The Nebraska City Public School board approved the district’s FY2019-2020 budget at its regular meeting Monday night.
The $23.6 million budget will require $11.6 million in real and personal property taxes, according to interim superintendent Rex Pfeil.
About $16 million of budget funds will come from other revenue sources. The overall budget includes a $4 million allowance for necessary cash reserve.
This year’s levy will be $1.233797. Last year's rate of $1.227218 was the lowest levy since 2006.
Suring the Sept. 16 meeting, the board heard reports from the school principals, including information on student enrollment at Northside and Hayward elementaries.
This year, Northside has 313 students in kindergarten through second grade.
One hundred eleven students are in kindergarten, 93 in first grade, and 99 in second grade, according to principal Brent Gaswick.
Hayward enrollment is at its highest level in the 11 years Scot Davis has been principal.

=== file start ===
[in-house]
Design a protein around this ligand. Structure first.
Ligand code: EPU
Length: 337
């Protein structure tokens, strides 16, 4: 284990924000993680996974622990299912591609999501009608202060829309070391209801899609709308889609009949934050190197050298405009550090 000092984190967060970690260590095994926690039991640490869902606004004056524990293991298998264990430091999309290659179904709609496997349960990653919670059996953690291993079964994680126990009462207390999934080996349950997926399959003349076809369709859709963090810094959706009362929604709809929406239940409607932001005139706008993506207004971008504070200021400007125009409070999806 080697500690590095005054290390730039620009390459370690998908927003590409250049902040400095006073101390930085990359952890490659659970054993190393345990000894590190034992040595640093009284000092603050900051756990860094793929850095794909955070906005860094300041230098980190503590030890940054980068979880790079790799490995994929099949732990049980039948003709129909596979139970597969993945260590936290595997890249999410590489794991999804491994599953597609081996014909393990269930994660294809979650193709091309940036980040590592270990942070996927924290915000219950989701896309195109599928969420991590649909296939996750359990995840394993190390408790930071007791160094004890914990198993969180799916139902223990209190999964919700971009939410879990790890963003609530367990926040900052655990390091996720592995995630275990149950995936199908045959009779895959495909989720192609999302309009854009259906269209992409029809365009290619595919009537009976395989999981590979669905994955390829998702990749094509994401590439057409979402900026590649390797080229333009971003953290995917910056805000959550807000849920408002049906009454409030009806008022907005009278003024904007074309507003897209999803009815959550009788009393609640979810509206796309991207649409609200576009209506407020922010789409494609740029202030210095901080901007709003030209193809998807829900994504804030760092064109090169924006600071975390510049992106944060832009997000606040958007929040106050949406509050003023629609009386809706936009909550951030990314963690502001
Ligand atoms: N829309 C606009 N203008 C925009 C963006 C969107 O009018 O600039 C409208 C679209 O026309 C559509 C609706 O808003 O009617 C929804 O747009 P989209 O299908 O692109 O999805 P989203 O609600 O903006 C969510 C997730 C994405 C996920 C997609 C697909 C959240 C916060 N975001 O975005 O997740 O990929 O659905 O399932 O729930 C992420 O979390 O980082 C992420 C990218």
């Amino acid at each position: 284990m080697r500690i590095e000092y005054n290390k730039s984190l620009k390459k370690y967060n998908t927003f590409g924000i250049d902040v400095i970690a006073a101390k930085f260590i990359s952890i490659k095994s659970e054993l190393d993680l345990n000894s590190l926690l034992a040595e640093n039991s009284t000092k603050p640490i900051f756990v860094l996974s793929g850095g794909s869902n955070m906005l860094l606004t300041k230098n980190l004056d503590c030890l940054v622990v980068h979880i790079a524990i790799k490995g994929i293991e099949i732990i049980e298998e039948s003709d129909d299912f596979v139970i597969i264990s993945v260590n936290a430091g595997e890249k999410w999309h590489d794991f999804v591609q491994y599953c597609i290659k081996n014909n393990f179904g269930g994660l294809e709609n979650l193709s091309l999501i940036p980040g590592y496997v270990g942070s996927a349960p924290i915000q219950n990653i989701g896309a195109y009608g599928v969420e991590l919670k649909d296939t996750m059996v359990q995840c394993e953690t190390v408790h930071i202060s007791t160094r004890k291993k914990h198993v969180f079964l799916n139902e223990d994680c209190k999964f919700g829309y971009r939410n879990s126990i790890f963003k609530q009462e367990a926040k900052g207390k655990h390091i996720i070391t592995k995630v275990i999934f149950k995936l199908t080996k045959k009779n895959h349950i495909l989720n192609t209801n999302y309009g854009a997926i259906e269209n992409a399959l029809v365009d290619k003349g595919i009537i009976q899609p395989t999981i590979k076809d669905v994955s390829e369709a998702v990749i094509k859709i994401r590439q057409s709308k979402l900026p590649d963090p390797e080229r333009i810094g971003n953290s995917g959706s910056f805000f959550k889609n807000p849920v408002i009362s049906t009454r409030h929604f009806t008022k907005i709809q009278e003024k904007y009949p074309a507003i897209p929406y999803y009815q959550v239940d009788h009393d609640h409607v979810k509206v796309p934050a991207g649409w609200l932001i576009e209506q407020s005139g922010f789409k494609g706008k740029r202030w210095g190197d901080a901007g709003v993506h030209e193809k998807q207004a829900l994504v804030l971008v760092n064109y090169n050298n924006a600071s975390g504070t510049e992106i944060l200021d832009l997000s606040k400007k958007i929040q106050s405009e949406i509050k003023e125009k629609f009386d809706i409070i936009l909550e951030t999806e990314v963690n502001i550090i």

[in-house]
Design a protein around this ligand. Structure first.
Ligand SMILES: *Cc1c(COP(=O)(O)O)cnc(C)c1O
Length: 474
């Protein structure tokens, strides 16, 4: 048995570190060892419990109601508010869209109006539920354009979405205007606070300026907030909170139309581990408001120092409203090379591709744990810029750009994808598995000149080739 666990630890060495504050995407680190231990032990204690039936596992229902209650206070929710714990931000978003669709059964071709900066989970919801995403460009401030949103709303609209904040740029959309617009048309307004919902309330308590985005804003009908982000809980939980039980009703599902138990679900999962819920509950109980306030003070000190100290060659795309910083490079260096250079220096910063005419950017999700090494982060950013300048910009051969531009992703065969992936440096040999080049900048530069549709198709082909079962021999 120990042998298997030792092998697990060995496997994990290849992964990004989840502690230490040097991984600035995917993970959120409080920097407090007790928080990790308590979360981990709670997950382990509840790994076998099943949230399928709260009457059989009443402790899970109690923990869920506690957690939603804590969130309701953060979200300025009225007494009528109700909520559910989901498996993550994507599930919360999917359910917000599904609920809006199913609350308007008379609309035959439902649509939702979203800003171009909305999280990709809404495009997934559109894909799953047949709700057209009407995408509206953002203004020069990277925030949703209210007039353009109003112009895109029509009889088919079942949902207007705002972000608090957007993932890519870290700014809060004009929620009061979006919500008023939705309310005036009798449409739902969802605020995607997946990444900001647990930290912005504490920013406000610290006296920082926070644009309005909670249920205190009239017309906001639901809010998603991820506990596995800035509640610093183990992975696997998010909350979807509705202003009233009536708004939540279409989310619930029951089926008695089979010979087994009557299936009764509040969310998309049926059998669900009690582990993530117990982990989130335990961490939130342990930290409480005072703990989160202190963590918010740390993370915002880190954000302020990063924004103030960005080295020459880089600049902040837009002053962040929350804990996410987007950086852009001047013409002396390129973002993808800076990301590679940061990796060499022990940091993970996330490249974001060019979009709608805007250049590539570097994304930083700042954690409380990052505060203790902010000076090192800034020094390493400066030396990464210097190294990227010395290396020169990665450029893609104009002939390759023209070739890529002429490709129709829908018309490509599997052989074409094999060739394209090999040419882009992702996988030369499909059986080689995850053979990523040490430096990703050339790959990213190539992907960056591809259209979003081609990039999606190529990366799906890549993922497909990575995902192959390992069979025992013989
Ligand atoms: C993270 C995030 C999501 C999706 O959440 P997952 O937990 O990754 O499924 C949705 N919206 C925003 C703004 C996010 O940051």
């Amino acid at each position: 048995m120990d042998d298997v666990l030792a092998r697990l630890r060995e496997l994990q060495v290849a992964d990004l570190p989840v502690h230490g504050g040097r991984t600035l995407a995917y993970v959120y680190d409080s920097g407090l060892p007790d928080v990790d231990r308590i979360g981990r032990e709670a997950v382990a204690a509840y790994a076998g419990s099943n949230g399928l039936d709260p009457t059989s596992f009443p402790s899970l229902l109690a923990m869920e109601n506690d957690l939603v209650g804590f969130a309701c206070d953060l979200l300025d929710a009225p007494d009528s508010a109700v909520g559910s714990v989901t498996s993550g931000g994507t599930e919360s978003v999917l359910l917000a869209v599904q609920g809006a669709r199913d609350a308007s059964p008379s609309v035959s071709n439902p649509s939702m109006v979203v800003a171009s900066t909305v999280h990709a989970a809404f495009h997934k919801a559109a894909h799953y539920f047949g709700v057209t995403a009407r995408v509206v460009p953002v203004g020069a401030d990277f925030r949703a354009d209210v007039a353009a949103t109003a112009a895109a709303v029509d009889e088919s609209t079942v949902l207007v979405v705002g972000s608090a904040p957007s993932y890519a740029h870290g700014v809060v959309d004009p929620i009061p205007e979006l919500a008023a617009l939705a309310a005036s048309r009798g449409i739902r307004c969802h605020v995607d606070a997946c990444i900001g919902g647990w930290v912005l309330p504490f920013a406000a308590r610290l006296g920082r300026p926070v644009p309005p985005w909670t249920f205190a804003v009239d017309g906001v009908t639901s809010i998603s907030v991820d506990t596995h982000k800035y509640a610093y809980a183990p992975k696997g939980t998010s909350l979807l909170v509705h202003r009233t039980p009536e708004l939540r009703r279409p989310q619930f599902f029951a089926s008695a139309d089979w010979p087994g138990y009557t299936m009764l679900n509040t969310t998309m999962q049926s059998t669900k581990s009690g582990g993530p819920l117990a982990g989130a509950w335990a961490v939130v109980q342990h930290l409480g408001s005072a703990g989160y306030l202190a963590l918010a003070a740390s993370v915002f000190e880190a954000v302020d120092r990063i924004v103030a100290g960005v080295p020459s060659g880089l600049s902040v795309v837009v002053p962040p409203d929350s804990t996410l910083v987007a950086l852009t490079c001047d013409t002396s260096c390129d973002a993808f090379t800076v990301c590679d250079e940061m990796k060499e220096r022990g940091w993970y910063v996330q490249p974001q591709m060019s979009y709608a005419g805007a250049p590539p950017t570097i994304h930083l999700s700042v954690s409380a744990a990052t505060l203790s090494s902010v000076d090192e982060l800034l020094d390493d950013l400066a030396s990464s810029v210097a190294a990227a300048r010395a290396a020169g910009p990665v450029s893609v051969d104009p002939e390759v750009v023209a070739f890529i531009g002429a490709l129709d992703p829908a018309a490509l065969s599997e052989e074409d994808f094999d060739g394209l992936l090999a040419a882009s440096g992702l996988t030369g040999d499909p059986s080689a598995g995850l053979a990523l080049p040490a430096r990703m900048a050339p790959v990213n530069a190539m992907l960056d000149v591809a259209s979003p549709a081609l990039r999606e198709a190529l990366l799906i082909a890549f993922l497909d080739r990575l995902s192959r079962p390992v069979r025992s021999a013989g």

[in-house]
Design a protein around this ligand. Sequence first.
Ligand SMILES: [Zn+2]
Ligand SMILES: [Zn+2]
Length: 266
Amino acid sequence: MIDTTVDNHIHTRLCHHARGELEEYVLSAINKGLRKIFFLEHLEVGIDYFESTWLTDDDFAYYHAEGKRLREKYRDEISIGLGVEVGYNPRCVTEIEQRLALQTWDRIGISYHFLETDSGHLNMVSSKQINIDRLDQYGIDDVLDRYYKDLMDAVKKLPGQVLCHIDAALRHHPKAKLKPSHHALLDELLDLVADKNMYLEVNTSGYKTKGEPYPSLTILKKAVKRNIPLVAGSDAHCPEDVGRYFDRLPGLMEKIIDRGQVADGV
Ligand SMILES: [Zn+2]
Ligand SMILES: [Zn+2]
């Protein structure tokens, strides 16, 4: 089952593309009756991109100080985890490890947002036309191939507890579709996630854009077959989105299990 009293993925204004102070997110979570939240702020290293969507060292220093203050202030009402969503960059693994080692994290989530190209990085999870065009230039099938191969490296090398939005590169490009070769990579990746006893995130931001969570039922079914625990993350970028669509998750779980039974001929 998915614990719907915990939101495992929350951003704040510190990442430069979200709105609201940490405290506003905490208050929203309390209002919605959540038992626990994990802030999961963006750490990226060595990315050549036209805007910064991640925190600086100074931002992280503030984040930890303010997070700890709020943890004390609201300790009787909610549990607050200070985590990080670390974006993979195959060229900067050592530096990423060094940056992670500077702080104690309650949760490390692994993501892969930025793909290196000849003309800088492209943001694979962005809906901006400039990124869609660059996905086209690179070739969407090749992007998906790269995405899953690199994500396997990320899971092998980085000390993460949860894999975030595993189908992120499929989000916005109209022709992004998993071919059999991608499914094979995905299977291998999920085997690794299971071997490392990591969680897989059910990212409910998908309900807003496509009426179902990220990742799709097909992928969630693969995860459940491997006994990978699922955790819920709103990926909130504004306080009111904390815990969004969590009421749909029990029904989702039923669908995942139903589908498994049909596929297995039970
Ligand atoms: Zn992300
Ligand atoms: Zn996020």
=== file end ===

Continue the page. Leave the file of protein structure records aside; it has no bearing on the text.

One hundred two students are enrolled in third grade, 121 in fourth grade, and 114 in fifth grade, said Davis.
Nebraska City Middle School has 97 sixth-grade students, 106 seventh-grade students, and 99 eighth-grade students.
Nebraska City High School has 123 freshmen, 106 sophomores, 101 juniors, and 115 seniors.
Nebraska City High School students will be out in the city parks doing AppleJack cleanup on Friday, Sept. 20, said NCHS principal Brian Hoover.
He added that the NCHS and Nebraska City Middle School student councils are collaborating on a float for the AppleJack parade that will emphasize “Be Kind.”

During the buildings and grounds committee report, Pfeil noted that “band-aid” repairs are underway on the Pioneer Field lights to resolve an outage that occurred on Friday, Sept. 13, during a Lourdes Central Catholic football game.
The company that provides repair services for the lights happened to be in Nebraska City conducting maintenance on the lights at the city Softball Complex, so workmen were able to replace the wiring in the northeast and northwest light towers, said Pfeil.
Board members approved a $23,373,51 expenditure to purchase 129 ChromeBooks for Nebraska City Middle and High Schools.
Pfeil said a plan is being devised for replacement of worn-out ChromeBooks next year.
The board approved a $4,200 bid from Great Plains Appraisal in Lincoln to have the 2nd Avenue School building appraised for possible sale.